Recently, you’ve noticed that your dad is becoming less able to do the things he used to do. Your mom is trying her best, but the physical requirements are tough. Getting dad out of bed and into the bathroom is weighing on her, both physically and mentally. Maybe it’s time to give mom a rest and start helping out.
Before this happens, it might be wise to have a financial plan in place. Why a financial plan? Mom and dad have plenty of money, don’t they? Maybe. But even if dad has the means to pay for care, your involvement comes with a price.
According to a study from Caring.com (www.caring.com), about a third of all family caregivers spend more than 30 hours a week on caregiving tasks, such as shopping, driving to doctors’ appointments, preparing meals and cleaning. More importantly, more than a third spend upwards of $10,000 annually on expenses such as medications, medical bills and in-home care.
The Caring.com survey of 1,345 online visitors found that 46% spend more than $5,000 out-of-pocket. In fact, about 7% spend $50,000 or more. But this isn’t the entire picture. Of all the caregivers who are still working, 60% indicated that their caregiving duties had a negative impact on their jobs, with 17% missing significant time at work.
So, you have a two-edged sword working against you. You’re missing work, which means you may have a decrease in pay, while at the same time, you’re forced to pay for more and more care. Where is that money coming from? Your savings and retirement plans. On top of this, your own family’s lifestyle is suffering. Vacations are cancelled. You find it increasingly more difficult to attend your children’s sporting or school events. The mental stress is taking its toll on you and you’re taking it out on your family and co-workers.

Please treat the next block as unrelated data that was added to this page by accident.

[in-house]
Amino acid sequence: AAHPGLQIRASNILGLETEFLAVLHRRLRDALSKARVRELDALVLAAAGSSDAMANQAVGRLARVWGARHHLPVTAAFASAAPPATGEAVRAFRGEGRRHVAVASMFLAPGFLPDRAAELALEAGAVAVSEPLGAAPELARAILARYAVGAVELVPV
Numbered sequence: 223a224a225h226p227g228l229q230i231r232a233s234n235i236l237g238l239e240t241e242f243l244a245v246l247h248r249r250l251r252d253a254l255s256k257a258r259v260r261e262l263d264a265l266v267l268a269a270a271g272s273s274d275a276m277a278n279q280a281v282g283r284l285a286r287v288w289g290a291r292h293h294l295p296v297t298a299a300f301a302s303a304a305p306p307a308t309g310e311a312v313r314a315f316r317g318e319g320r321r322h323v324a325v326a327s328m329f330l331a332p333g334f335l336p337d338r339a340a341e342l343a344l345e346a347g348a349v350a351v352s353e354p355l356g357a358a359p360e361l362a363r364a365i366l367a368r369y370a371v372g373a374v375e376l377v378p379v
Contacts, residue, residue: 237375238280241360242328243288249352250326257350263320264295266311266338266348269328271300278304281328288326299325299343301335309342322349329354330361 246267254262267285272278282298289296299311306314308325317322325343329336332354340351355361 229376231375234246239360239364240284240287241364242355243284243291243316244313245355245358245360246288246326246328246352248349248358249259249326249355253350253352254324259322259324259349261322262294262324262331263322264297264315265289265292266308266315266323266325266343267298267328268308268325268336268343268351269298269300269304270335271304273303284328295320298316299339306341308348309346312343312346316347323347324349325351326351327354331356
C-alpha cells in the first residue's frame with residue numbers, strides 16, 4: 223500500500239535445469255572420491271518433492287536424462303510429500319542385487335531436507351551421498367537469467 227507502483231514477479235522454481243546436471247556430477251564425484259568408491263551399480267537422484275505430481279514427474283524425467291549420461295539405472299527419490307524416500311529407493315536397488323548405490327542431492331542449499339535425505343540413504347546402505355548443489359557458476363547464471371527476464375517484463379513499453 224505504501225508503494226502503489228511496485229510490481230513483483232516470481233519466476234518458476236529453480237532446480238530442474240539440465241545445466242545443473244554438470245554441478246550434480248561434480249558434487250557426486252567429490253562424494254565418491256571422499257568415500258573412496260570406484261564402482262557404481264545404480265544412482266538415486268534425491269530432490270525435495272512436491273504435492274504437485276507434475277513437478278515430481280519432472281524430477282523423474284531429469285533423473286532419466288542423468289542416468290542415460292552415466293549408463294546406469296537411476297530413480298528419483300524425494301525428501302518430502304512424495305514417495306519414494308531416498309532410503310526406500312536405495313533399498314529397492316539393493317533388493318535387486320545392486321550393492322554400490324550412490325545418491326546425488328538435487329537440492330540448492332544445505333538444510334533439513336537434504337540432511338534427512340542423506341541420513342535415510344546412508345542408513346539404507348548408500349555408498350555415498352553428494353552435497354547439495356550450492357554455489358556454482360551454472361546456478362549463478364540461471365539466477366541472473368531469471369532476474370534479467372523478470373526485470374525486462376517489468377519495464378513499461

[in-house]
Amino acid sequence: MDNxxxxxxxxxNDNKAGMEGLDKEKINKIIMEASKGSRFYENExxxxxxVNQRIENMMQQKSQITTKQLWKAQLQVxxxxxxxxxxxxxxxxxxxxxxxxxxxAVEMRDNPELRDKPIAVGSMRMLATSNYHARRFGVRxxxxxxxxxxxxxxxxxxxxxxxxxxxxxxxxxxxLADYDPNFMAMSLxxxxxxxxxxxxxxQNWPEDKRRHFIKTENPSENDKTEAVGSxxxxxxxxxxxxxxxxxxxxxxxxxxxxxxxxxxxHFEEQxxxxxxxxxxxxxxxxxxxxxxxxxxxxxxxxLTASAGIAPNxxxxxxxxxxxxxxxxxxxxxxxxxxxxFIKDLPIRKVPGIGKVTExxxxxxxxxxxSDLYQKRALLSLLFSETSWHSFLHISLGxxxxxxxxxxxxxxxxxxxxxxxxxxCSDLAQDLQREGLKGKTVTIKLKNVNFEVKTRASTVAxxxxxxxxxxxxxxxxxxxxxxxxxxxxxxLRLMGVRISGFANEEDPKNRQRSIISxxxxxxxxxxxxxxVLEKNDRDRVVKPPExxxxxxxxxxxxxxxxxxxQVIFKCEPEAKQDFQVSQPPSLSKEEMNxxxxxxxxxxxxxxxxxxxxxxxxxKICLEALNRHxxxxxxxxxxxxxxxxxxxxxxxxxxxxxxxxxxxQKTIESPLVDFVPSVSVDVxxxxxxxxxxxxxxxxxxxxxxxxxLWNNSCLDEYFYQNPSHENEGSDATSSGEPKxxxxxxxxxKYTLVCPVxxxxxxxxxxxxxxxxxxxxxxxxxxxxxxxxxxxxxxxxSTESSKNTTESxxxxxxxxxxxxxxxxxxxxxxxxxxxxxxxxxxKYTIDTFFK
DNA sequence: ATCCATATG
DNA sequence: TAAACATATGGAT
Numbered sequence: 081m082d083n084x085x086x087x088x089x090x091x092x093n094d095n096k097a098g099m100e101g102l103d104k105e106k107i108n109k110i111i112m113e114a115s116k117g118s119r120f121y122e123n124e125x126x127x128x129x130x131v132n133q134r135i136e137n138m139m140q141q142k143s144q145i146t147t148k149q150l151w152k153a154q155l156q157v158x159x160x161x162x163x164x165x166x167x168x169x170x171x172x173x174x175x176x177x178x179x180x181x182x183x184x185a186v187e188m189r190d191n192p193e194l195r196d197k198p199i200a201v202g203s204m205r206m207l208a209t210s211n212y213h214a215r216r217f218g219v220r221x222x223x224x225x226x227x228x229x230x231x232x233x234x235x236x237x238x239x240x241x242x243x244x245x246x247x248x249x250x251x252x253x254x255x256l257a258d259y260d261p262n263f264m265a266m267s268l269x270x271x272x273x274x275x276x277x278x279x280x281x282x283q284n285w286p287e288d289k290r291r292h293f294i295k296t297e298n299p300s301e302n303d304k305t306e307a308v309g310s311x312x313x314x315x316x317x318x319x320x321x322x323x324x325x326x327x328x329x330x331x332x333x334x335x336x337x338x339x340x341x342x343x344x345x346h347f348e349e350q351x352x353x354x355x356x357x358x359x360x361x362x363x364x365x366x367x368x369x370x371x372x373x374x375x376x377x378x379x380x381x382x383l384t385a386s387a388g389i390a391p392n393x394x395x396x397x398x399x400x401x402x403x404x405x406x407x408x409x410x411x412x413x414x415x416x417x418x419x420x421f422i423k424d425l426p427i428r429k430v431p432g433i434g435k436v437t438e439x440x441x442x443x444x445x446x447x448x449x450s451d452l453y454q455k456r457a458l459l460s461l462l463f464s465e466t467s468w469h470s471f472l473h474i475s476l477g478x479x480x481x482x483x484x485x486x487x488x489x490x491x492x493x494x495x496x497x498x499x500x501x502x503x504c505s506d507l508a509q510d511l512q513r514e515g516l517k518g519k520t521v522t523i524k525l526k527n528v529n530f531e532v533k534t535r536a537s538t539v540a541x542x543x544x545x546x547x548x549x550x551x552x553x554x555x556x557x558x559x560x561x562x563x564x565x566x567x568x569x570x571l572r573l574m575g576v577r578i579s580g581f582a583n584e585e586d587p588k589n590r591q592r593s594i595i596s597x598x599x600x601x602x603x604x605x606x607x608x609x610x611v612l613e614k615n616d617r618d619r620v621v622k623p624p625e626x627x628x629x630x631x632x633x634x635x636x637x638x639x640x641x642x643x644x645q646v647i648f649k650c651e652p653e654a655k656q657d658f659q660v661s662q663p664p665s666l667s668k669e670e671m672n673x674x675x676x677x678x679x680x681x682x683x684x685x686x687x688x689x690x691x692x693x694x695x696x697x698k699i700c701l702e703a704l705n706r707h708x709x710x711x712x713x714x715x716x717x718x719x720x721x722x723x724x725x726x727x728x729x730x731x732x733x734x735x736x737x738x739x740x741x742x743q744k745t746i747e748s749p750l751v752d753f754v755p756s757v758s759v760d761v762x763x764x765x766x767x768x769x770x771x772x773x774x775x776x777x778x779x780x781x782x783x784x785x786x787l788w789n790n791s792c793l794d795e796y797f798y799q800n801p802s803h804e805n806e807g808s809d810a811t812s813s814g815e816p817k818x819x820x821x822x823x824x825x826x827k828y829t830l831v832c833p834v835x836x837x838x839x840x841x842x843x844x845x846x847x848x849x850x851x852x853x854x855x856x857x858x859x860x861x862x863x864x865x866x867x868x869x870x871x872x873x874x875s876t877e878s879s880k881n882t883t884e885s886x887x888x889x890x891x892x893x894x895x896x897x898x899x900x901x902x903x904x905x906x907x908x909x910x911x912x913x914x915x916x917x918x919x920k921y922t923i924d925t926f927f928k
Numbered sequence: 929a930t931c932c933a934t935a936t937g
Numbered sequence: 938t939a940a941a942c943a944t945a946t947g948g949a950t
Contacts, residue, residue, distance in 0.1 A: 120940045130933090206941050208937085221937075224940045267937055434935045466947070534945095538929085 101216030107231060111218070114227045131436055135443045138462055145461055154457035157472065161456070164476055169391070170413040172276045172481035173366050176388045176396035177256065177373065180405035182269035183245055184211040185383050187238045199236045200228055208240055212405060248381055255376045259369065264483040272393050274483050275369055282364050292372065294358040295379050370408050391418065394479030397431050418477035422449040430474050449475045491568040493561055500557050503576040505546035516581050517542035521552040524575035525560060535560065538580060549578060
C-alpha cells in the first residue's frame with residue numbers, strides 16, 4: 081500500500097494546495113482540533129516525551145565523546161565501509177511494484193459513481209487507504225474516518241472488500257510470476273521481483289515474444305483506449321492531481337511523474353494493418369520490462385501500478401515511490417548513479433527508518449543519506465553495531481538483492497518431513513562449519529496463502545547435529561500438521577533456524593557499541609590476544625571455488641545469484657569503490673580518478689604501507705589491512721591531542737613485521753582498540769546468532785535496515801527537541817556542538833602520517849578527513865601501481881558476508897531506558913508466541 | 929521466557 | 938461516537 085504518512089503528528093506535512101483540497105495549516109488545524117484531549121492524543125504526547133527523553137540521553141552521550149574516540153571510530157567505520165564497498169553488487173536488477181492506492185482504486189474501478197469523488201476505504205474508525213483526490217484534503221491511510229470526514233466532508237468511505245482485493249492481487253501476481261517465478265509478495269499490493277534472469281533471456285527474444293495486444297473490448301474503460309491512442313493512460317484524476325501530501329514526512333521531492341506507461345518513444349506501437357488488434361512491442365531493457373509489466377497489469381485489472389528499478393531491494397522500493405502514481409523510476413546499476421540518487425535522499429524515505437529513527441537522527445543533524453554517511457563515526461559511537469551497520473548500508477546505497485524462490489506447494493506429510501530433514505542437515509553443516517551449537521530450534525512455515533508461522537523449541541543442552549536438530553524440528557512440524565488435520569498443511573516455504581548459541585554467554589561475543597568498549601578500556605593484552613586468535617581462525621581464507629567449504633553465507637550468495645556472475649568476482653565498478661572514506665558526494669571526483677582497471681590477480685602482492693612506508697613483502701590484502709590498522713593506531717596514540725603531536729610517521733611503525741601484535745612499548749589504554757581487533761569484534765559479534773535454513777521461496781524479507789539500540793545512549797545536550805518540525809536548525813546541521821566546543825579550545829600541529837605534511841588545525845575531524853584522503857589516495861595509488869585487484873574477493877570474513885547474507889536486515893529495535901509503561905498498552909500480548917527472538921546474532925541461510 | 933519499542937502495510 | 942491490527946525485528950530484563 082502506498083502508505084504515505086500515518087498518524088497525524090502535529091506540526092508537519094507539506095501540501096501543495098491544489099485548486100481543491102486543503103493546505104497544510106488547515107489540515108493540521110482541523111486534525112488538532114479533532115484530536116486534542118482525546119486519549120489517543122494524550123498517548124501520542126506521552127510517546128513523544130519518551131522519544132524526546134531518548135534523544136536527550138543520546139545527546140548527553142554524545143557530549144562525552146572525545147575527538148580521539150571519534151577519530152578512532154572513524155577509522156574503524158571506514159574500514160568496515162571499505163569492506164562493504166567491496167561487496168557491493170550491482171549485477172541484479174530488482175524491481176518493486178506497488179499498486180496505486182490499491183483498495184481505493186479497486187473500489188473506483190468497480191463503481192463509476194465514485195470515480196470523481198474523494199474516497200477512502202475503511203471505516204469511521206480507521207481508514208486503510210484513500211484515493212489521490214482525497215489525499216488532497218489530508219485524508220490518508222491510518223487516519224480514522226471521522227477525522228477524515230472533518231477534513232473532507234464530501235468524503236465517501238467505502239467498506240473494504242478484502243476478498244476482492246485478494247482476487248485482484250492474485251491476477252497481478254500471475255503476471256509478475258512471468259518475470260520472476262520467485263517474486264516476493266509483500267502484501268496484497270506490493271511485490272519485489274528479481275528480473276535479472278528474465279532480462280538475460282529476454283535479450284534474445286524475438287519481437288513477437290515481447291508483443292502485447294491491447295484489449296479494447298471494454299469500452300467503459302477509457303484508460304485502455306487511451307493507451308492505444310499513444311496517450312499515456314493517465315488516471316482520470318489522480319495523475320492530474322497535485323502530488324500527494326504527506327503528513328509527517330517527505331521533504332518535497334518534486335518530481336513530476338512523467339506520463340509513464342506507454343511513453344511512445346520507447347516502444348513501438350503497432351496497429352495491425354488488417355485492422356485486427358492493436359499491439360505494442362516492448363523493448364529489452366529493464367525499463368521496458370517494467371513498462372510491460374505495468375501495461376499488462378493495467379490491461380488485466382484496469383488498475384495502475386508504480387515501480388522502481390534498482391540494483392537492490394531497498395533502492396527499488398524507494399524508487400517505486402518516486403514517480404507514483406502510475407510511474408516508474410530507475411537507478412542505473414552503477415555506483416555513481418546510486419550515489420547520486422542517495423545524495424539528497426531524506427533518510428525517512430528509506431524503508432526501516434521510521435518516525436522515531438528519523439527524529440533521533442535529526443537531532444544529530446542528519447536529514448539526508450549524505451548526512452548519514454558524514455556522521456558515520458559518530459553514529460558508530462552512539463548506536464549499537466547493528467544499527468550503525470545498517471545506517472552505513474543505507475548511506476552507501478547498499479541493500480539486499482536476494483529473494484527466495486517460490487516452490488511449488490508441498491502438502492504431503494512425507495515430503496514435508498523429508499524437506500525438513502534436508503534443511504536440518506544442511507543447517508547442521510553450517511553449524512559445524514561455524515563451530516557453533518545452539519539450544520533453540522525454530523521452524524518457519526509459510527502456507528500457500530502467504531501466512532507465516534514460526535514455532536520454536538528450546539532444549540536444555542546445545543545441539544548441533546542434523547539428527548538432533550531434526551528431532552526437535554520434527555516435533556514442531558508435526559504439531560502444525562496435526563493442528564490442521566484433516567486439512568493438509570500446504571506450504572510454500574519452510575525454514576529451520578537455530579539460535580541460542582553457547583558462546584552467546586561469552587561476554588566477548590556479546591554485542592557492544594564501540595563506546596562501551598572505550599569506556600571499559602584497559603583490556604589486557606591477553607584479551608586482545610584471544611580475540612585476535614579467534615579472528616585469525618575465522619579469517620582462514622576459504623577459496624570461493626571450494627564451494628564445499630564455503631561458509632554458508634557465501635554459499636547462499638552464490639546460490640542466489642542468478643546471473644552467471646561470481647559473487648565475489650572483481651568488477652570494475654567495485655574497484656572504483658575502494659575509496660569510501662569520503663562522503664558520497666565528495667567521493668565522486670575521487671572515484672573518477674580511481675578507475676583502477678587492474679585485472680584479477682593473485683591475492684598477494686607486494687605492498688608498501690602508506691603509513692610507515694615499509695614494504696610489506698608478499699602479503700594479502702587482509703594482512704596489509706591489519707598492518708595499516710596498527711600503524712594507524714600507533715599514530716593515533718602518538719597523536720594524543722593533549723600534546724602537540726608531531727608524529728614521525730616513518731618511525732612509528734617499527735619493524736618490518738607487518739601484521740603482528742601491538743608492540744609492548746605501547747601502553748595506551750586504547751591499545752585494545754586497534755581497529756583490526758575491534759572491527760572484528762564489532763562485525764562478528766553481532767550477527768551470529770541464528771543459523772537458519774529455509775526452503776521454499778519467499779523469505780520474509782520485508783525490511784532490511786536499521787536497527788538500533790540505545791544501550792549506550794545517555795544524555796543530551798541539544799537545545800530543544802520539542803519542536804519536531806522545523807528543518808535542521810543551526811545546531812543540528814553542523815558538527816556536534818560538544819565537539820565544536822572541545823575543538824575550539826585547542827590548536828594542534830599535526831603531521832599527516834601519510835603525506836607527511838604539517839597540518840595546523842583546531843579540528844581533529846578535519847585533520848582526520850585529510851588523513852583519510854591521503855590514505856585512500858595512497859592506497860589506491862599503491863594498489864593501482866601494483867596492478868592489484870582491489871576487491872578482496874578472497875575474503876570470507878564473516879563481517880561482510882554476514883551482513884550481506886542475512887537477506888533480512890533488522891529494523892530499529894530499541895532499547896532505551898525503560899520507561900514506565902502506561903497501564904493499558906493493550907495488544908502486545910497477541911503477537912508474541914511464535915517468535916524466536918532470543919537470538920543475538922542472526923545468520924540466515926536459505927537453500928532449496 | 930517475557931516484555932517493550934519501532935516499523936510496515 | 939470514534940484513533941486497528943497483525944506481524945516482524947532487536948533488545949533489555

So what planning should be done? First, look to your own situation. Do you have sufficient life insurance if you should die prematurely? What about disability insurance? Remember that the mental stress of care can affect your very ability to even work. Will your income continue? Remember, if you’re not working, there are no further contributions to your retirement plan, and in fact, there may be an added cost for health insurance. Cushion your own children from these experiences later in life by owning long-term care insurance.
If you have siblings, have a discussion about how care – and money – will be divided up. If your dad already needs care, it’s imperative that you move quickly. If you’re an only child though, to whom do you turn? Do you have to move in? 59% of caregivers in the study live with the person getting care.
Make sure that you – or a sibling – have both medical and financial powers of attorney. Don’t wait till dad’s Alzheimer’s prevents him from signing off on his assets, leaving you to foot the bills.
We all have plans and goals for our families, and we all have a vision as to what our retirement will look like. And, every one of us would step up and help mom or dad, no questions asked. Make sure your plans work together and don’t collide in an explosion of unplanned-for costs.
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